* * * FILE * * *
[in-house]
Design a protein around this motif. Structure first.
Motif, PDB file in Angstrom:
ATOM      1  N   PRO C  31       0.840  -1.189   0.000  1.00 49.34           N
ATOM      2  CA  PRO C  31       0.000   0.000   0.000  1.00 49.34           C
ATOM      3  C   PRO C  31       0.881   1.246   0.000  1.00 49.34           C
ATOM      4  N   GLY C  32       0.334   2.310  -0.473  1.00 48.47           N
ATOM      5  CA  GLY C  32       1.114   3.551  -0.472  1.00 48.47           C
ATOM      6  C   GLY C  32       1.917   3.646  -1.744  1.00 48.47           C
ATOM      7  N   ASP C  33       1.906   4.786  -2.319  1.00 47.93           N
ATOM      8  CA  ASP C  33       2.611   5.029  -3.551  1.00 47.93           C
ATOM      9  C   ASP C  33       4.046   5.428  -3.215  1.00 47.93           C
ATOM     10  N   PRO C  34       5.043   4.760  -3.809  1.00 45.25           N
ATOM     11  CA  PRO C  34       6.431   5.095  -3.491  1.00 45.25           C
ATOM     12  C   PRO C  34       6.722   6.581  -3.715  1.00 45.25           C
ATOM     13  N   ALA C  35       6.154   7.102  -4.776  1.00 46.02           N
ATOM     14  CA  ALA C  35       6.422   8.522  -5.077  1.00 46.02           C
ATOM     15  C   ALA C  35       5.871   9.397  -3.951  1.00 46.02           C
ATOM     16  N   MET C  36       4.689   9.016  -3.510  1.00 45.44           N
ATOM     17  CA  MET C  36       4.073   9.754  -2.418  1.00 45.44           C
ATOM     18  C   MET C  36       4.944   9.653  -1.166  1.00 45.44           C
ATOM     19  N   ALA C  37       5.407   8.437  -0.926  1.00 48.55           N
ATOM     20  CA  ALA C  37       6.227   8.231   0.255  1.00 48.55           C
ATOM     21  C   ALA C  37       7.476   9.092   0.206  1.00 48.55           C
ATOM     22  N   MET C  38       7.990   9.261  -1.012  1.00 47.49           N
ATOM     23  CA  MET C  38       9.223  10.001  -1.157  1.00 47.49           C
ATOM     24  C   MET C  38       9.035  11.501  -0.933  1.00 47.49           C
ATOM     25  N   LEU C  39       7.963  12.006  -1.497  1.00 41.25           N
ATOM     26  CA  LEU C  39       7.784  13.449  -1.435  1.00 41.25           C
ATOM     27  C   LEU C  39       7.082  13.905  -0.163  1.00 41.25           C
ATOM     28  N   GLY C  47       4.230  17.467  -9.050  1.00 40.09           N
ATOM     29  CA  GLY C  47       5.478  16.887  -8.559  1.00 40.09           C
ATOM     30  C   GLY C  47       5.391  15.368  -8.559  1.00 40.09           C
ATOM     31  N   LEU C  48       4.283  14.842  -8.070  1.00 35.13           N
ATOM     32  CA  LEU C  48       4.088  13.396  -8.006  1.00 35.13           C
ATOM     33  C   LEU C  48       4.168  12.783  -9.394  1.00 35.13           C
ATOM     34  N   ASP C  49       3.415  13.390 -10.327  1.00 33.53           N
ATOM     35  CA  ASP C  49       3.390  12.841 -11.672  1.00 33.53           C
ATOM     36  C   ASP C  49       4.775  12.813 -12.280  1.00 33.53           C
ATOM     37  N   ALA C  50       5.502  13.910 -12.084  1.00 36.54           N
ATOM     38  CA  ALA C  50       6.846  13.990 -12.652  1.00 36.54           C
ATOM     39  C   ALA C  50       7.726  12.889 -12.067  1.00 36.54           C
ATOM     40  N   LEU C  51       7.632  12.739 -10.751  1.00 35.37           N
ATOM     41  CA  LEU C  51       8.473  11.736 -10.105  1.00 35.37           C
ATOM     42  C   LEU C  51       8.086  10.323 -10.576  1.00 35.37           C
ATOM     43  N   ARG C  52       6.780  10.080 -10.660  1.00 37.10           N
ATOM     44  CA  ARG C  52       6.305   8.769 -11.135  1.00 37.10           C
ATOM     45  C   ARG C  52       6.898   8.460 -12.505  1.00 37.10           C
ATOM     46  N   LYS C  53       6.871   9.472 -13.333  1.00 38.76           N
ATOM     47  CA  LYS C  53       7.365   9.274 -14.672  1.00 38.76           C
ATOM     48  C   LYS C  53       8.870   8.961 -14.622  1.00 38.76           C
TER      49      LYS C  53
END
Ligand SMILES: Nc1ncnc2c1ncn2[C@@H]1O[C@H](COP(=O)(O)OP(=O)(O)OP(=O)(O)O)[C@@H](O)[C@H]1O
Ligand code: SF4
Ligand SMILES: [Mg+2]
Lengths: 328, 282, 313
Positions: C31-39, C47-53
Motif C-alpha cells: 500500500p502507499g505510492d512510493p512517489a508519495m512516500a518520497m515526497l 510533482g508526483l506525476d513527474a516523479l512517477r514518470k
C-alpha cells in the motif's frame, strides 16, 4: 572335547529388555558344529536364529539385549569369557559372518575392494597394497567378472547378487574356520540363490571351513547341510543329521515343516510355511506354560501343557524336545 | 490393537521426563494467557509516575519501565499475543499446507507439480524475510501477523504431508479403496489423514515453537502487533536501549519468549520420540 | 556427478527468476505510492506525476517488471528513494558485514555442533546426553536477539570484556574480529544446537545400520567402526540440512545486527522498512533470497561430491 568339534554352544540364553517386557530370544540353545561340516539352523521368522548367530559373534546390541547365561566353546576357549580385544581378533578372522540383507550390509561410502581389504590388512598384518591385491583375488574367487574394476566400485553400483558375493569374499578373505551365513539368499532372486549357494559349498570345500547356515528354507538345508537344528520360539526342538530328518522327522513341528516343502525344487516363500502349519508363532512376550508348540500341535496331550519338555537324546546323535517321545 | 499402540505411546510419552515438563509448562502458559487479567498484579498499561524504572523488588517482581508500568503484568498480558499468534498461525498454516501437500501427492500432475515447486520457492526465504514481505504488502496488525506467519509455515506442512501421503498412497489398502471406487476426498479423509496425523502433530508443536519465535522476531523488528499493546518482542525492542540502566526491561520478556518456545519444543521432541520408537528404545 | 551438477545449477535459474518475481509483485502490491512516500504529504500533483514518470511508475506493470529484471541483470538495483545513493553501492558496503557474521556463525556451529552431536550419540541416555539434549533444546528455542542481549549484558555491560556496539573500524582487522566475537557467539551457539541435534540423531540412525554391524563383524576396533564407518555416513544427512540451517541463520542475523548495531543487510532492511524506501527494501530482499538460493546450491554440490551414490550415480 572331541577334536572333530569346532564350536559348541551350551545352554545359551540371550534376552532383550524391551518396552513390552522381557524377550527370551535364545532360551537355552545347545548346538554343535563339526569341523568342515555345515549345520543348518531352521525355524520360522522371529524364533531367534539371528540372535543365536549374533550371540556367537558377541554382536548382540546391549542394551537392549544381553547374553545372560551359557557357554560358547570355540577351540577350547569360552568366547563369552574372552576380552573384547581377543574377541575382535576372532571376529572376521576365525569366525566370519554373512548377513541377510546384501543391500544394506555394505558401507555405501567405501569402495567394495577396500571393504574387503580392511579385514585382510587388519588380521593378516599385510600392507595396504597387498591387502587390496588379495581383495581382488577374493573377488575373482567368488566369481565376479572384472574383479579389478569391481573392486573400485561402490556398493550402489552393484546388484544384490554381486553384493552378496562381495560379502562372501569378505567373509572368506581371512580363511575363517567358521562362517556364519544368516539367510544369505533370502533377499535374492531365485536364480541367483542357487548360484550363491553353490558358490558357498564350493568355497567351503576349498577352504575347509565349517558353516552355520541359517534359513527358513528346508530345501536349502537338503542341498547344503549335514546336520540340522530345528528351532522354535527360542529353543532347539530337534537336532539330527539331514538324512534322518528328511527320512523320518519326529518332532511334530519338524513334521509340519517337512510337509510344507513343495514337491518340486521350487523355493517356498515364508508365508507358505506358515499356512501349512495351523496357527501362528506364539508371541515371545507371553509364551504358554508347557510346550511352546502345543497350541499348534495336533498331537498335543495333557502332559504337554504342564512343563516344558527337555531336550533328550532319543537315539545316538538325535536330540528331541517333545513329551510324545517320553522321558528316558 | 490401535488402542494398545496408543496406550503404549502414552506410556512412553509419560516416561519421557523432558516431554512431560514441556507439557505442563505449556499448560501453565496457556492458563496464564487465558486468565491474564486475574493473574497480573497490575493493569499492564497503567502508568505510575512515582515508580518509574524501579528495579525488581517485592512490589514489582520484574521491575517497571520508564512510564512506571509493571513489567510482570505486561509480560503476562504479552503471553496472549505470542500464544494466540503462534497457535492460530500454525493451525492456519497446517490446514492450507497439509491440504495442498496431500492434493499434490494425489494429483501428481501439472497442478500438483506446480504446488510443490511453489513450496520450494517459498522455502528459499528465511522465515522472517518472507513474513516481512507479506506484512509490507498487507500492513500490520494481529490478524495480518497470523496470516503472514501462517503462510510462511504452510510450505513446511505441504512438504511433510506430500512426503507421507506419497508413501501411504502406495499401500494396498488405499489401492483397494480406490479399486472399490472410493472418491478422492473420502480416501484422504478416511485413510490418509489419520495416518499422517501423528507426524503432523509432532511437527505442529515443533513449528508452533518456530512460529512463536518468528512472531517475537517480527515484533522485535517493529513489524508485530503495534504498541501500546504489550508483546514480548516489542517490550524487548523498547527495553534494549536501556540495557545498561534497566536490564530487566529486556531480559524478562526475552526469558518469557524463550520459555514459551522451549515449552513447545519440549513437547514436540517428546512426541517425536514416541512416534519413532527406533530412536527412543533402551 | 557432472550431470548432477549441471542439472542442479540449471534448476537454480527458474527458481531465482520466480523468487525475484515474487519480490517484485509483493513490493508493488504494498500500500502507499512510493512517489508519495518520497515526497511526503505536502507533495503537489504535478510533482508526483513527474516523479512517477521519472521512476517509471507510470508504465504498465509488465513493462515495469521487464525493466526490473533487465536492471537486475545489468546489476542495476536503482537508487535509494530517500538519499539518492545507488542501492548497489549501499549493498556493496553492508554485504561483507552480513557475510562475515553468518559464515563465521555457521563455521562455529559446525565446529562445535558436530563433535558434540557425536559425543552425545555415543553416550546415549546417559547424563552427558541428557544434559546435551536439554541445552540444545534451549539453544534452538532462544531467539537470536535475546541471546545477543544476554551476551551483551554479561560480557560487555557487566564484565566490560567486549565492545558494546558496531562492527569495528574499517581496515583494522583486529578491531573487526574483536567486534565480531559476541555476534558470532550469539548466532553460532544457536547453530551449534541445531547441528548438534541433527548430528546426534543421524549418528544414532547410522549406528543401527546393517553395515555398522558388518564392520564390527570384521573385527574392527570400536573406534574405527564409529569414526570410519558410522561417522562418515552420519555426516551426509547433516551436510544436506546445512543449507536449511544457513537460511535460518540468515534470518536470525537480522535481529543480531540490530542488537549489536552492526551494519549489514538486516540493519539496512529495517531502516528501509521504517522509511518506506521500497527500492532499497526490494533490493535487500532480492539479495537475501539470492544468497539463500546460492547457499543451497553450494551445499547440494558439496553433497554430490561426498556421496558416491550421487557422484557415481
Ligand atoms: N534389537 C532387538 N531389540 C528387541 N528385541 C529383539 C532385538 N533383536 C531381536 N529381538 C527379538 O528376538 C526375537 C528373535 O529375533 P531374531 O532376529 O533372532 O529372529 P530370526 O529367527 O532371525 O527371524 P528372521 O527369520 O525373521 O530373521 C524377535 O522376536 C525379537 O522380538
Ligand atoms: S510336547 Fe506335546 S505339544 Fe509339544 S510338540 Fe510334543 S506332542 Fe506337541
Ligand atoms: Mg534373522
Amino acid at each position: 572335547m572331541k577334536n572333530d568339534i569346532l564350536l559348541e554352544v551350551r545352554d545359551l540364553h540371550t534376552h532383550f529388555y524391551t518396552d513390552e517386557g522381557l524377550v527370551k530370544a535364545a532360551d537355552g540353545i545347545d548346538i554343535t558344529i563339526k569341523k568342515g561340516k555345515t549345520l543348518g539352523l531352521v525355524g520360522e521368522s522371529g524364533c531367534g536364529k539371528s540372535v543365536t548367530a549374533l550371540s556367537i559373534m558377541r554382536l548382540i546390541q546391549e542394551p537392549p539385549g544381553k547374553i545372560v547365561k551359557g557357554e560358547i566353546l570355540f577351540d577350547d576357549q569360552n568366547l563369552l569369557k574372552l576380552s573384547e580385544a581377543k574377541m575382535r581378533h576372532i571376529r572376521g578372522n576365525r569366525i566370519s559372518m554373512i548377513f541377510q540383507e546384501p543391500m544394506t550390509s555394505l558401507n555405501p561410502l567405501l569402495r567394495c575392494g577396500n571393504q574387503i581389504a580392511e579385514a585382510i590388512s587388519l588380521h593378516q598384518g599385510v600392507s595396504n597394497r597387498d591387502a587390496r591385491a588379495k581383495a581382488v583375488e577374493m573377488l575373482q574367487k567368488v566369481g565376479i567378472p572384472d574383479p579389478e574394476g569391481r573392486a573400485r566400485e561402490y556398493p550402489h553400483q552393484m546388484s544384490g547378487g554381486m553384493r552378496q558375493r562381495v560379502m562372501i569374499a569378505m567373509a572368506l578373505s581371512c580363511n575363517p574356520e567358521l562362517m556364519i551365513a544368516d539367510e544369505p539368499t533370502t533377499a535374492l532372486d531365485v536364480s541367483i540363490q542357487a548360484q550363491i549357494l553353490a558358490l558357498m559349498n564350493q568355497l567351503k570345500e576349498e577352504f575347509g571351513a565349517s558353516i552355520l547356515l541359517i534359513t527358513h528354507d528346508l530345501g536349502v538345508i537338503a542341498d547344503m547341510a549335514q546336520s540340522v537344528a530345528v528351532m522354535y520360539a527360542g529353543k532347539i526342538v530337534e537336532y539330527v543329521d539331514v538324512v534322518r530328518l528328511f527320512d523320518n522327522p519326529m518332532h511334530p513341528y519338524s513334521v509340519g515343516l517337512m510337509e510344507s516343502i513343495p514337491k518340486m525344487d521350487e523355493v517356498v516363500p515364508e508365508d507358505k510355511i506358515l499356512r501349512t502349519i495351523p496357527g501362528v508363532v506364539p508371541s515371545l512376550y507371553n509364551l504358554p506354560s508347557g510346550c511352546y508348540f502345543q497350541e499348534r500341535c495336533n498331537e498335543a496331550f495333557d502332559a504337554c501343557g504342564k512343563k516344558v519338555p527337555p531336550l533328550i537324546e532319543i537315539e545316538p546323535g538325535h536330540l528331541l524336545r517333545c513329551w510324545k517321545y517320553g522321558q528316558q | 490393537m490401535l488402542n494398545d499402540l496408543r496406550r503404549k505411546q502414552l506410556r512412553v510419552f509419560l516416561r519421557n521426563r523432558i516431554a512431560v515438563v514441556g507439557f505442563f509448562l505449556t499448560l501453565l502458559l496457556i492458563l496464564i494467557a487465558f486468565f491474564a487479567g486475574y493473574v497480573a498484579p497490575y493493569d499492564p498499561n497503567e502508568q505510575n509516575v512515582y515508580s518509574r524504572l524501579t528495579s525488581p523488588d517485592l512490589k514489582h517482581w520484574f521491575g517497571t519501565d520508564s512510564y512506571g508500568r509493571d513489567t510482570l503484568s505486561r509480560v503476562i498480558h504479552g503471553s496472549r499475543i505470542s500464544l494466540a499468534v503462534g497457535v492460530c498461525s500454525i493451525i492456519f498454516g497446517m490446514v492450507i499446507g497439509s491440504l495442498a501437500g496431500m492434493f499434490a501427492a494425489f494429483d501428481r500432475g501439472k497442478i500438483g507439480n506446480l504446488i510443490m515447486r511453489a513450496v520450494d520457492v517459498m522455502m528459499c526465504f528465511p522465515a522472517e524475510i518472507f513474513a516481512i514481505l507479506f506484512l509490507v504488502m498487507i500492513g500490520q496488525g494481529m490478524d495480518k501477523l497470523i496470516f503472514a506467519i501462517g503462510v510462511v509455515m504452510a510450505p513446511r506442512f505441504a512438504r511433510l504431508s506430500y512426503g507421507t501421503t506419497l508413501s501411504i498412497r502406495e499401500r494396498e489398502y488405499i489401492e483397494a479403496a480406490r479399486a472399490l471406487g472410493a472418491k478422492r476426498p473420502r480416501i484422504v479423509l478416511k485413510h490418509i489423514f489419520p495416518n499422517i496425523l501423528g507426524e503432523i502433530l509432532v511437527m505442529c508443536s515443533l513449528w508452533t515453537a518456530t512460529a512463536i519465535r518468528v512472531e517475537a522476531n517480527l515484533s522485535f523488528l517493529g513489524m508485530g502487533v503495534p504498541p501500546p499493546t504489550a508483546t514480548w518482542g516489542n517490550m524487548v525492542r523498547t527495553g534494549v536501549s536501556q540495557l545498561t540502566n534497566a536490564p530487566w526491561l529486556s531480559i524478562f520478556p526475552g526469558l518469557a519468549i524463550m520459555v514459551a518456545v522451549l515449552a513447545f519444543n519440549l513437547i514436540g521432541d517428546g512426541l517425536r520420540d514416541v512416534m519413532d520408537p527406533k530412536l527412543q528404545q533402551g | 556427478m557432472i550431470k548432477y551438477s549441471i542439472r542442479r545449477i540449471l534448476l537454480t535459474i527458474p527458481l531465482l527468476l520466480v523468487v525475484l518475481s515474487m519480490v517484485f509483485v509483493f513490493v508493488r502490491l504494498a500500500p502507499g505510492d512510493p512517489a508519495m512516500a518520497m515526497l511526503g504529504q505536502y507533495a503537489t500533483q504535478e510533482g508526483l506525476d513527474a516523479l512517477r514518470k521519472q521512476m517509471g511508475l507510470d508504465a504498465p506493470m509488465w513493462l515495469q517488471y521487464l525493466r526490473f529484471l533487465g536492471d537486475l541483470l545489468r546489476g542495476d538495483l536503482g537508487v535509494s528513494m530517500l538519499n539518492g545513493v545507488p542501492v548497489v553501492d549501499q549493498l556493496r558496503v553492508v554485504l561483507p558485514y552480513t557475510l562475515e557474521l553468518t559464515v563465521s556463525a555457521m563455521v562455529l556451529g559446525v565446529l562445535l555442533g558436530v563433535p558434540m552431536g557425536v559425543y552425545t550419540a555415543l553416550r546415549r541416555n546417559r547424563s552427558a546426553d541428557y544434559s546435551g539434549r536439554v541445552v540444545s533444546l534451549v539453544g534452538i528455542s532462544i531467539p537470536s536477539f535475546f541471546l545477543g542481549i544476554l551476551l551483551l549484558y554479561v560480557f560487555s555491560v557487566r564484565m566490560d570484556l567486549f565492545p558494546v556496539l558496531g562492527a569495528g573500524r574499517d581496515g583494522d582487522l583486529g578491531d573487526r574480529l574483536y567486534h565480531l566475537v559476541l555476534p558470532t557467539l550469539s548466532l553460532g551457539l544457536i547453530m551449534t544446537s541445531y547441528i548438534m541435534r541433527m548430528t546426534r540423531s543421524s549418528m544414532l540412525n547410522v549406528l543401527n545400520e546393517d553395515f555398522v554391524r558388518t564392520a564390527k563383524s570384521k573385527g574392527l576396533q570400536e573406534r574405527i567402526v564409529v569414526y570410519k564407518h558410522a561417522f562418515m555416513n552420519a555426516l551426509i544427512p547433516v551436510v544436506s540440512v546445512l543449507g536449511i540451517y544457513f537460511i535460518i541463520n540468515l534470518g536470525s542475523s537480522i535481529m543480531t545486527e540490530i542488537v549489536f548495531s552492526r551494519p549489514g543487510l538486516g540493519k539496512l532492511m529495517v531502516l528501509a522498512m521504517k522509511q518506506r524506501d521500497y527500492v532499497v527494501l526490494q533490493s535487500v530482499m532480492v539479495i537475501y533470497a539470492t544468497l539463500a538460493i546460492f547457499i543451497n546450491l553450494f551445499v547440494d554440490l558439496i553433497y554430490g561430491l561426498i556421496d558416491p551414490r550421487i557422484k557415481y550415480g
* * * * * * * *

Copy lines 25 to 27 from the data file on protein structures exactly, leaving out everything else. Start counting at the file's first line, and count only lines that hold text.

ATOM     22  N   MET C  38       7.990   9.261  -1.012  1.00 47.49           N
ATOM     23  CA  MET C  38       9.223  10.001  -1.157  1.00 47.49           C
ATOM     24  C   MET C  38       9.035  11.501  -0.933  1.00 47.49           C